Charley’s ride across America 22. Desert angel, Roy Bean, and the hardest day


Day 42 March 10. 28 miles,   2:45. cool. Long hills. End in Langtry Tx.

Day 43 March 11.  60 miles 8:00. 90 degrees, uphill, 15k wind in the face. Hardest yet. End in Sanderson

Total miles 1835

Dear friends and family,

I started the day Friday with the sobering road sign “ next services 89 miles”.

That will get your attention when traveling at 8-10 miles per hour on a good day. 

I was told by bikers heading east that there is a place to stop at 30 miles, but not on the map. It’s called the Wagon Wheel store. Even has about six rooms and a small store. Only problem is Jessie runs it by himself, does not have a phone, and is only open if or when he feels like it.

Big question:” will Jesse be there and open?” 

If not, suppose I could put up the tent behind the store, feed myself and preserve water for the next day. Didn’t seem like a great option, but certainly better than trying to make the distance in one day.

Thirty miles wasn’t a hard ride, and when I pulled up to the Wagon Wheel store, Gregg was waiting outside. Said he talked to a passerby that said Jessie will be back in a couple hours. It was 60 miles to the next stop, so we waited.

Sure enough, in pulls Jessie in his red pickup. 

You boys need a place to stay? “ he asked

“ Sure nuff”, we both answered.

“ Well, I think I’ve got a couple of working rooms, but they’re not cleaned yet”

“ Let’s clean them up and you can stay here”

So, Jessie, Gregg, and I changed sheets, swapped out clean towels, wiped and swept everything down and we had rooms for the night.

Jessie said he had to take a friend to the pharmacy, but then would be back later.

Around six, Gregg and I were outside chatting when that red pickup pulled in. 

“ Thought you might be hungry so I picked you up some dinner” he said as he handed us two bags of KFC full dinners. 

“They might not be that hot because I saw a guy on the road who ran out of gas and had to get him to and from the gas station”

We both remarked that he sure was helpful to which he answered “ Yeah, they call me the desert angel round here”

“ I bought this place to flip and make some money, but I couldn’t sell it, and now it’s kind of grown on me” he stated with his big smile.

After checking in with Jessie I walked to the center of Langtry, population 12. There was the Judge Roy Bean museum. Judge Roy Bean was famous for dispensing justice in his own saloon. He thought viewing court cases made people thirsty. Also, when there was a fine to pay, it would typically be to buy a round for the bar, and enrich himself.

Old Judge Roy was enamored with the British actress Lillie Langtry. He would often write to her and tell her that he named the town for her ( he didn’t, it was named after someone with the railroad) and she should come visit. She finally did come, in her own private rail car. Downside is that the judge had died a couple of months previously!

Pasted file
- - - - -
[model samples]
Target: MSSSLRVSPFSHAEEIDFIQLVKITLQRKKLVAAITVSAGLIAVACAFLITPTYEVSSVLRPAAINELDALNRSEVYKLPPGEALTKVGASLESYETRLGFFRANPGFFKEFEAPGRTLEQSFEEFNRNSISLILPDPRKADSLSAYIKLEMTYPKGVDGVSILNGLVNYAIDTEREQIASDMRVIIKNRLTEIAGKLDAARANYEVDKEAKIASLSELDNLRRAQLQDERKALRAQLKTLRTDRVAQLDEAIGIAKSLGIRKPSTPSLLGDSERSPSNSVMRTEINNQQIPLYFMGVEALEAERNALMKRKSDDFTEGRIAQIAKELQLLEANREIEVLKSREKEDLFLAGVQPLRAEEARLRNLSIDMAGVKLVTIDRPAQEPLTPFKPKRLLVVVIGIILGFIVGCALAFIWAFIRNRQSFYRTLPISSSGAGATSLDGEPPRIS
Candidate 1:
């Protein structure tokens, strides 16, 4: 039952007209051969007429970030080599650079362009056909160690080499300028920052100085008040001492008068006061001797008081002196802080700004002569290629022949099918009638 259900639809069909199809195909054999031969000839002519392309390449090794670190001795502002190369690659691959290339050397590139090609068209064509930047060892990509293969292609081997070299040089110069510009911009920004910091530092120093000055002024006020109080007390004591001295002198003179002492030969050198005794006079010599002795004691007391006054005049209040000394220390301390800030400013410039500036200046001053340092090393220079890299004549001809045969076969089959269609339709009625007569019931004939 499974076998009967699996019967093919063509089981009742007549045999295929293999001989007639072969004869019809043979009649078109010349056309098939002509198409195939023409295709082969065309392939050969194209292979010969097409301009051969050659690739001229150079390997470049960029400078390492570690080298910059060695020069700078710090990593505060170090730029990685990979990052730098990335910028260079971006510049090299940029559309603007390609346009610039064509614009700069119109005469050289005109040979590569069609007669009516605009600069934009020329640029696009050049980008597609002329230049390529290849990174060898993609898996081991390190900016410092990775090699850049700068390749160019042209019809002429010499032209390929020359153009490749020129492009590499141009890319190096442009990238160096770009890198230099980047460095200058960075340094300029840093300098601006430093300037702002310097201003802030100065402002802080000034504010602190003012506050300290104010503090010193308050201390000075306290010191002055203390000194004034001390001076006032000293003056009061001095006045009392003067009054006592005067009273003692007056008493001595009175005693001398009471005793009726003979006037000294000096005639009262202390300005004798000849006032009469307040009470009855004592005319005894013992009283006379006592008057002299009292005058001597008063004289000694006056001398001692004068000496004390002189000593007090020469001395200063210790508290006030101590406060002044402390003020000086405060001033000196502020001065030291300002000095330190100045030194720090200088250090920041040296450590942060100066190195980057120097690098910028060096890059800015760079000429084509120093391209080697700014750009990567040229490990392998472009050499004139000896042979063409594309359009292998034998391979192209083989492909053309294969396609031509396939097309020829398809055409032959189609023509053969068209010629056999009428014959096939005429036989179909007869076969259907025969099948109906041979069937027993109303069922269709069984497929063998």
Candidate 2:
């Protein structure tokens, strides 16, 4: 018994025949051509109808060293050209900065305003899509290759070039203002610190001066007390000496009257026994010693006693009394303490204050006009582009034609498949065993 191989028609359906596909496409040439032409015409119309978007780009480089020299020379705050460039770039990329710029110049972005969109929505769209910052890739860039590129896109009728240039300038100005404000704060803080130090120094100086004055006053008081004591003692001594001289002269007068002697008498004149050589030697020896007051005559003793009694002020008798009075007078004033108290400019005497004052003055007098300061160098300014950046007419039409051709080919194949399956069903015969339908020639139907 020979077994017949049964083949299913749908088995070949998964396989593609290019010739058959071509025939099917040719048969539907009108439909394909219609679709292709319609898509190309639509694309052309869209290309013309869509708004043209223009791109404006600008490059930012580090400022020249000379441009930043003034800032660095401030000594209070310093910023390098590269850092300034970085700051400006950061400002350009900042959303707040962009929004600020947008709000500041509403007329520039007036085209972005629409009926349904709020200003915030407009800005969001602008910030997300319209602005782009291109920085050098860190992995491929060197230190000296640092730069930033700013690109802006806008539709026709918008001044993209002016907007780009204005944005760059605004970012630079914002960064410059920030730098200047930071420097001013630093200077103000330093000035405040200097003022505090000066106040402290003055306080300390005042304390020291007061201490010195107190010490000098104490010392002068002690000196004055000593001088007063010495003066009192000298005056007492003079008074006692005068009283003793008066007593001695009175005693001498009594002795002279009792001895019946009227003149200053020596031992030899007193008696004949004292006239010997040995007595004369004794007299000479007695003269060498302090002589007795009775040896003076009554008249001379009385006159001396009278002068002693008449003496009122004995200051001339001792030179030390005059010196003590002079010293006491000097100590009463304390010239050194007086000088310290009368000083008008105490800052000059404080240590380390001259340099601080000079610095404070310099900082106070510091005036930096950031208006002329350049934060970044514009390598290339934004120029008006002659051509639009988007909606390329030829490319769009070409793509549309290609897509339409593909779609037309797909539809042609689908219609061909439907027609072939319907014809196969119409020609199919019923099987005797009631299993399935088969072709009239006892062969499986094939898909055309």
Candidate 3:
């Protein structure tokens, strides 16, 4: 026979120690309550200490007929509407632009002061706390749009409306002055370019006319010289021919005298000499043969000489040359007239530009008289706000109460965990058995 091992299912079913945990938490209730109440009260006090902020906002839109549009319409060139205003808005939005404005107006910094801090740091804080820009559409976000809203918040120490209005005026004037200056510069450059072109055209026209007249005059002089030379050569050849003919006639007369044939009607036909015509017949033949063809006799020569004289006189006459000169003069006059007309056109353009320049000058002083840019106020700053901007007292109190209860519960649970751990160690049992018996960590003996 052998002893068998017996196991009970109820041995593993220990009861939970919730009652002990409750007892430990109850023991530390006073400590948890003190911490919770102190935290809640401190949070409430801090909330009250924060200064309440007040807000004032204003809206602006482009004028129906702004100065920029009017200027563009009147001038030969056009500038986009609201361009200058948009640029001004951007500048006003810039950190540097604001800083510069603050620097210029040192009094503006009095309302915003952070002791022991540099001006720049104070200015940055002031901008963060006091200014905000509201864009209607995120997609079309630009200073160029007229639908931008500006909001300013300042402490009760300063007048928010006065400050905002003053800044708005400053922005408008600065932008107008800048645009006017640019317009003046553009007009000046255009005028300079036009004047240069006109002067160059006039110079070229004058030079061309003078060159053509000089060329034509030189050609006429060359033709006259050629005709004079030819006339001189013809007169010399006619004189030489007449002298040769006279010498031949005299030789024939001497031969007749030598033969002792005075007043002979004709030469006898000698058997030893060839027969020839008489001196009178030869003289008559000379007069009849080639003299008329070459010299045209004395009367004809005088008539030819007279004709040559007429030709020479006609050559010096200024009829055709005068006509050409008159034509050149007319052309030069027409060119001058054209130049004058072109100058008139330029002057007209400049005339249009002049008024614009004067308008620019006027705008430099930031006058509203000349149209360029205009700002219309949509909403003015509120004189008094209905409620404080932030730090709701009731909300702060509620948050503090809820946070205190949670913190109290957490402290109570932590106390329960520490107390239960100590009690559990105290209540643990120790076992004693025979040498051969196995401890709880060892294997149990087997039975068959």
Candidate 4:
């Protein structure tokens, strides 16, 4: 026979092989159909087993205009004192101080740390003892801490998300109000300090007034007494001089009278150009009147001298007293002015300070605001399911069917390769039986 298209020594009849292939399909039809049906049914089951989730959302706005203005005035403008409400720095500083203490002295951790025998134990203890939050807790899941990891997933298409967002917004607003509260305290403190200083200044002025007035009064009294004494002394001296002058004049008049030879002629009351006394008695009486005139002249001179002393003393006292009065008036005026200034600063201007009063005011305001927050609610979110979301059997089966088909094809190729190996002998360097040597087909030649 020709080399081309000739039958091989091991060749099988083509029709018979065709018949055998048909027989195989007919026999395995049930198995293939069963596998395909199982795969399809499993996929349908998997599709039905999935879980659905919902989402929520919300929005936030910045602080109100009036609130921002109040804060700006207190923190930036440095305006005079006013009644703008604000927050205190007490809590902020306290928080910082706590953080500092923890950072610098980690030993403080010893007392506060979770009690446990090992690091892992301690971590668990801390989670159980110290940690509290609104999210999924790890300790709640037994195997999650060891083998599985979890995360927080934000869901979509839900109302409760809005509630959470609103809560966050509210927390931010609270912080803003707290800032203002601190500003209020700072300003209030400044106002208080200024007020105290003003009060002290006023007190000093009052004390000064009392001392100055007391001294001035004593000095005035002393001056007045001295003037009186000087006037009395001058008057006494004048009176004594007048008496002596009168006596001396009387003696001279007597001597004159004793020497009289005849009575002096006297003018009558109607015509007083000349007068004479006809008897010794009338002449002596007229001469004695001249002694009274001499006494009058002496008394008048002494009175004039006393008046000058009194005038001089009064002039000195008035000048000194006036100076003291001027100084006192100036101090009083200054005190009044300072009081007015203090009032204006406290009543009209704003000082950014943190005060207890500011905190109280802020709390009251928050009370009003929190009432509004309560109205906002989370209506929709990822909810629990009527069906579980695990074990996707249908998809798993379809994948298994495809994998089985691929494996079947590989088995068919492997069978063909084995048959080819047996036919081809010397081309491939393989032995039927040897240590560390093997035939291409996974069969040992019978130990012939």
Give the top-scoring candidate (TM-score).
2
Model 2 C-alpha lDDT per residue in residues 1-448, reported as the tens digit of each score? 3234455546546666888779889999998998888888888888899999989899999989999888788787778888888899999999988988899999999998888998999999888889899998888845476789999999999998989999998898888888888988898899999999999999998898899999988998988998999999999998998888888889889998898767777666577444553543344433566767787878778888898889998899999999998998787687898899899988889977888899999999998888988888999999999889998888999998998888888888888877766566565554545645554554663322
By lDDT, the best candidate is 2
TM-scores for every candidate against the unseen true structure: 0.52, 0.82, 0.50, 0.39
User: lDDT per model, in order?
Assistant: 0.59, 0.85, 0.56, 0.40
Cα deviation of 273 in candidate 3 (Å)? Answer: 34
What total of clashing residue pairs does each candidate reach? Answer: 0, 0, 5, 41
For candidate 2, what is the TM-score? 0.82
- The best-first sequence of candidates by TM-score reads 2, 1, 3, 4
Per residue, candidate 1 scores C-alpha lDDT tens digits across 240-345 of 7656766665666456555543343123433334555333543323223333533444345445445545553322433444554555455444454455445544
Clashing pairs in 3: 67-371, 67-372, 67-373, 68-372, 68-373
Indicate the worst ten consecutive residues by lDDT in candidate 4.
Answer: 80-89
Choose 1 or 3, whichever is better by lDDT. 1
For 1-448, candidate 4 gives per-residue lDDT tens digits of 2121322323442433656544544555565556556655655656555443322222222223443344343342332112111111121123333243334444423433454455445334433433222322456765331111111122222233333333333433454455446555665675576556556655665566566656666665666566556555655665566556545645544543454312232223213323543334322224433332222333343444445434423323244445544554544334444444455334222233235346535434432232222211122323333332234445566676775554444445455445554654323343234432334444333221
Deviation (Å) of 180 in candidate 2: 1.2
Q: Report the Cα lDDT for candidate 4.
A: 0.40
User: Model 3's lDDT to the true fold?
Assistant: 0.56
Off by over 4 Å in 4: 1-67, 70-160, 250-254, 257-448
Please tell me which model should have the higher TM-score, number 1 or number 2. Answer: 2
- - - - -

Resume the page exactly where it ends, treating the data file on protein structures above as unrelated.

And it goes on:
I knew when I went to sleep that I had a tough ride coming. The forecast was for temps in the 90’s, headwinds of 15-20, and lots of climbing.

I set the alarm early, for 0500, so I could stretch, drink coffee and be on the road at first light. Gregg gets on the road before light, but I can’t see well in the dark, so first light works for me.

I woke at 0430, anxious for the days challenge.

Took my time drinking my coffee, eating an extra helping of oatmeal, and filling six water jugs.

It was light enough at 0645, so westward I headed. I thought if I could really move fast before the wind came up too strong and the sun too high in the sky, then maybe I could get ahead of the hard part.

Turns out that the hills started right away and kept me moving slowly. About 1000 the clouds parted and the big westerlies picked up. Temp was about eighty already.

Now my pace was glacial. I found that my ambition to get miles behind me didn’t happen. Occasionally I would glance at my watch, see my speed at four miles an hour and compute how long I’d be out here. Too long, way too long.

When a semi would pass, it would interrupt the headwind enough to allow me a few fast and furious pedal strokes to bring my speed to a rocketing seven.

I stopped at a deer processing store for a Gatorade and the woman told me that my buddy ahead of me said to let me know he was hurting badly.

I passed Gregg about a half hour later as we ever so slowly sweated down the highway shoulder.

This was the first day that I counted every mile down, lost in thought only for minutes at a time.

After a full eight hours I saw three bicycles stopped at a shady overhang in Sanderville. Gregg was one of them.

He explained that he felt heat stroke symptoms coming on, so stuck out his thumb and beat me to town.

Beat was the right word. We both were. I was happy to arrive after ONLY eight hours- on a bike, in 90 degrees, uphill.

The other two were doing the Southern Tier heading east, and enjoyed the downhill with the tailwind.

Off we went, Gregg and I, to find the Baptists, but that’s a whole other story.

Love to all,


We don’t spam! Read our [link]privacy policy[/link] for more info.